Too often we underestimate the power of a touch, a smile, a kind word, a listening ear, an honest compliment, or the smallest act of caring, all of which have the potential to turn a life around. Leo Buscaglia
I have never been very good at asking for help and like many family caregivers, I didn’t think that my own needs mattered. Thinking I had to do everything all the time caused me to have two breakdowns; once during my early years of caregiving and again the last year of my caregiving journey. (I was a caregiver for over 17 years.)
I wish I had known about the following statistics from the MetLife Study:
Family caregivers experiencing extreme stress have been shown to age prematurely and this level of stress can take as much as 10 years off a family caregiver’s life.
40% to 70% of family caregivers have clinically significant symptoms of depression with approximately 25%-50% of these caregivers meeting the diagnostic criteria for major depression.
Stress of family caregiving for persons with dementia has been shown to impact a person’s immune system for up to three years after their caregiving ends thus increasing their chances of developing a chronic illness themselves.
I don’t know which statistic frightens me the most. But I do know that I have paid an emotional, physical and financial cost for being a caregiver. (I also loved taking care of my family.)
But it didn’t have to be that way. I could have and should have asked for help. But I am a caregiver and when people told me, “Just make time for yourself,” it wasn’t that easy.
If you think about who in a family becomes the caregiver, it will usually be the person who is more nurturing and generous with their time. So by nature, the caregiver is the type of person who already gives more than others. And this becomes a vicious cycle of give – give – give instead of give – receive – give – receive.
I recently said to my friend who is an overwhelmed caregiver, “Maybe now is a good time for the rest of your family to learn what they need to do to help their grandfather.” What I heard back from her were lots of excuses:
They don’t want to help
They don’t know what to do
They don’t know him like I do
They will just make it worse
I don’t have time to teach them
It is just easier if I do it
I get tired of asking
I don’t think they would help, even if I asked
Why should I have to ask, they should just know what to do
I don’t want to be a bother
It is too much effort to ask
Sound familiar? I realized in that moment that it isn’t always that the family won’t help; it is the caregiver who is resisting asking for help. So let me ask you. If you had a broken shoulder, would it be okay to ask someone to carry your groceries to the car? If your car broke down, could you call for a tow truck? When your loved one needs help, don’t you get them the help you need? Then why don’t you deserve the same attention? Your needs matter and you deserve to have someone help you.
Viki’s Four-Step Process
I encourage you to explore what is keeping you from asking. Write down what goes through your head when someone says, “You should just ask for help.” What are your resistance statements?
Take your list of resistance statements and put a statement beside it to help you get past what has been preventing you from asking for help. Here are a few examples caregivers have come up with:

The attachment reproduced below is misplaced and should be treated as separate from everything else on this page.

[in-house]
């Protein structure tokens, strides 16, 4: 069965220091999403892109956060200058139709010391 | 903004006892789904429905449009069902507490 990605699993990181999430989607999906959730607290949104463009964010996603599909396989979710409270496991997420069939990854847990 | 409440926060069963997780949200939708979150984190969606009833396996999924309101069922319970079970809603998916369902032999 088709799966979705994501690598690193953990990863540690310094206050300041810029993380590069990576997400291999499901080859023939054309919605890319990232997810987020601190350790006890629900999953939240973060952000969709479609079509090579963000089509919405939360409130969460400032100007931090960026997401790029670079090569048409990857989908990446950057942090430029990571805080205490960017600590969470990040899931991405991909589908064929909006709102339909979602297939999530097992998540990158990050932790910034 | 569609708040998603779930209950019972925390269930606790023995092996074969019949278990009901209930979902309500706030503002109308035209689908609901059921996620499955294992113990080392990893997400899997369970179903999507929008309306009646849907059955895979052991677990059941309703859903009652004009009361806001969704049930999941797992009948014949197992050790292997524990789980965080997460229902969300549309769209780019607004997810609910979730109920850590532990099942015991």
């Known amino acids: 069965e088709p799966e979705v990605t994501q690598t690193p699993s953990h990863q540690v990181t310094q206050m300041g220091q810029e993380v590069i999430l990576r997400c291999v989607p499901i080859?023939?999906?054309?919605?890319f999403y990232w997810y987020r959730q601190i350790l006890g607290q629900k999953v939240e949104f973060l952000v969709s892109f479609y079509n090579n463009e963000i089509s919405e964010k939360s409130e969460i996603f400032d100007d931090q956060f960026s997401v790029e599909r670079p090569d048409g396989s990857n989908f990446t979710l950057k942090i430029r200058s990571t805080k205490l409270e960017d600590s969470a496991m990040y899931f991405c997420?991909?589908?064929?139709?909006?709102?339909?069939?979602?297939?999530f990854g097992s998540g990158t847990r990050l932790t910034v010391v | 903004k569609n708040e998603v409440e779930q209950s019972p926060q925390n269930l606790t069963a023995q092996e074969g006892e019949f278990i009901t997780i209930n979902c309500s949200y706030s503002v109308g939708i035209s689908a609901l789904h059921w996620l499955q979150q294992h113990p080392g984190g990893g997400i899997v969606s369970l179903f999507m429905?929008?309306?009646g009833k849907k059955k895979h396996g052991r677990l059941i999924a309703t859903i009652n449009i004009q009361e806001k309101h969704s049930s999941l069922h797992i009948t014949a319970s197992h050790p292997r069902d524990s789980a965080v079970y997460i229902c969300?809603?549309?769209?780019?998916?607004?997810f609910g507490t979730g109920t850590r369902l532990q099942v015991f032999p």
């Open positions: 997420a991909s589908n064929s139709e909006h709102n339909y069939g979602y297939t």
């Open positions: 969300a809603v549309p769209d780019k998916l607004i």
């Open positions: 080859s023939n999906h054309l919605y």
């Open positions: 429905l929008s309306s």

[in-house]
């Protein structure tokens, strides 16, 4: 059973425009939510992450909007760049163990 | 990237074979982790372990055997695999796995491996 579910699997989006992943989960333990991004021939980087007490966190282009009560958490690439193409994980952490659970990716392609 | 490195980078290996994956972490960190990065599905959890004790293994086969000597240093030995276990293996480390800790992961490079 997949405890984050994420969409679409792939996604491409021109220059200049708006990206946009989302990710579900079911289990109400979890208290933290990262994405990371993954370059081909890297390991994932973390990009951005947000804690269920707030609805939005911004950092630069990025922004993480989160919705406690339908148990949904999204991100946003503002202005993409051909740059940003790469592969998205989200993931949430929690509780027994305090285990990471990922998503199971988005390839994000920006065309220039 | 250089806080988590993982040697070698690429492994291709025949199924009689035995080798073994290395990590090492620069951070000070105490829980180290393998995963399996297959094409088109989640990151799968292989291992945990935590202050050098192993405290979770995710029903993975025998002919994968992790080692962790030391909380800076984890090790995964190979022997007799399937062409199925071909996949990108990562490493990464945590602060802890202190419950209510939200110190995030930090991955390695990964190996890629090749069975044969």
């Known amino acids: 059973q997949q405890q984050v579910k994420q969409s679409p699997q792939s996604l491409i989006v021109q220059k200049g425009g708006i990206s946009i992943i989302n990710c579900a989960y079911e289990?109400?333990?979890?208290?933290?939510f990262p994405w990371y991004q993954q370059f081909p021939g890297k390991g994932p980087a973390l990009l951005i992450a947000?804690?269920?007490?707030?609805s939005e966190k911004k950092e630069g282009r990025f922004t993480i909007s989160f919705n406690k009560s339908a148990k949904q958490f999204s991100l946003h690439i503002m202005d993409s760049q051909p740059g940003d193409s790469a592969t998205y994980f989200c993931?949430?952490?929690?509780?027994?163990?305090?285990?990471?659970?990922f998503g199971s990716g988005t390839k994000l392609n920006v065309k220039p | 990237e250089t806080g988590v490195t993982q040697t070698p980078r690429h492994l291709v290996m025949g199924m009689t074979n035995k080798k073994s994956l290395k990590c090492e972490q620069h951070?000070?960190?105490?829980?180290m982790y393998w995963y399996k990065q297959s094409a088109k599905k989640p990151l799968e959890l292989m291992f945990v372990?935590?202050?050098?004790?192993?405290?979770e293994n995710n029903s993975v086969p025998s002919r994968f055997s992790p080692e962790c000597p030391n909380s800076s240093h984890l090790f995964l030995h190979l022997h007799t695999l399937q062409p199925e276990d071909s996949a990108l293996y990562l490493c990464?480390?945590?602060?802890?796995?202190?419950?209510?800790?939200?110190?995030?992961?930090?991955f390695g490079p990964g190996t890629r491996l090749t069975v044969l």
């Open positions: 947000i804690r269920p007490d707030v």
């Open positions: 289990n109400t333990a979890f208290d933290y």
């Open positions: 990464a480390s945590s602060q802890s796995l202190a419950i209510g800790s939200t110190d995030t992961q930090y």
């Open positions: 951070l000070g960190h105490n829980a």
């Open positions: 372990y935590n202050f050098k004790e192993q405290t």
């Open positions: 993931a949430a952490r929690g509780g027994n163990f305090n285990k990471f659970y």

They don’t want to help – Well I don’t know this because I haven’t given them a chance
They don’t know what to do – I could teach them
I don’t have time to teach them – You don’t have time because nobody is helping you. If you teach them now, then they can help at other times in the future.
It is just easier if I do it– Only the first time.
Why should I have to ask, they should just know what to do – Would I have known what to do before I became a caregiver? Then how would they know?
I am not saying you will be able to get past your barriers right away, but you need to begin so you won’t break down like I did. One thing that helped me was to realize that the other person won’t do what needs to be done as well as I would. They may do things slower, awkwardly at first, and in their own way. But that is okay because you are going to get free time and your loved one will be okay.
Make a list of all the things that would help you such as practical, emotional, financial and information support. Write a really long list and carry it with you so when people say, “What can I do to help?” you can pull out the list, hand it to them, and ask them what they would like to do.
Ask for specific things:
Can you call mom each week and ask her about her favorite memories or talk to her about what is worrying her?
Can you call me every day to check on me? (This can be very helpful to keep your depression under control.)
I don’t have time to read this book about Maria’s disease. Can you read it and then send me the main points?
Can you research what is the best wheelchair to buy?
People can help from a distance:
Can your brother listen to Dad’s doctor’s appointment by speaker phone?
Can they do the shopping for groceries online and have the food delivered?
Could they pay for someone to come to the house to give you a massage?
Can they take over paying the bills or set up automatic bill pay for you?
Can they send $51 a month so you can pay for three hours of respite care?
Ask someone to create a phone tree to disseminate information. This way you don’t need to make all the calls. Have others spread the news.
Mom needs a ride on Thursday for her haircut.
Could you pick up some milk and eggs when you go to the store today?
I need someone to come and clean my kitchen.
Can you sit with Bob on Thursday night so I can go to a class about coping with dementia?
These are just a few ideas. I am sure you can come up with lots of ideas, big and small. (Don’t hesitate to put everything on the list. You will be surprised by what people are willing to do.)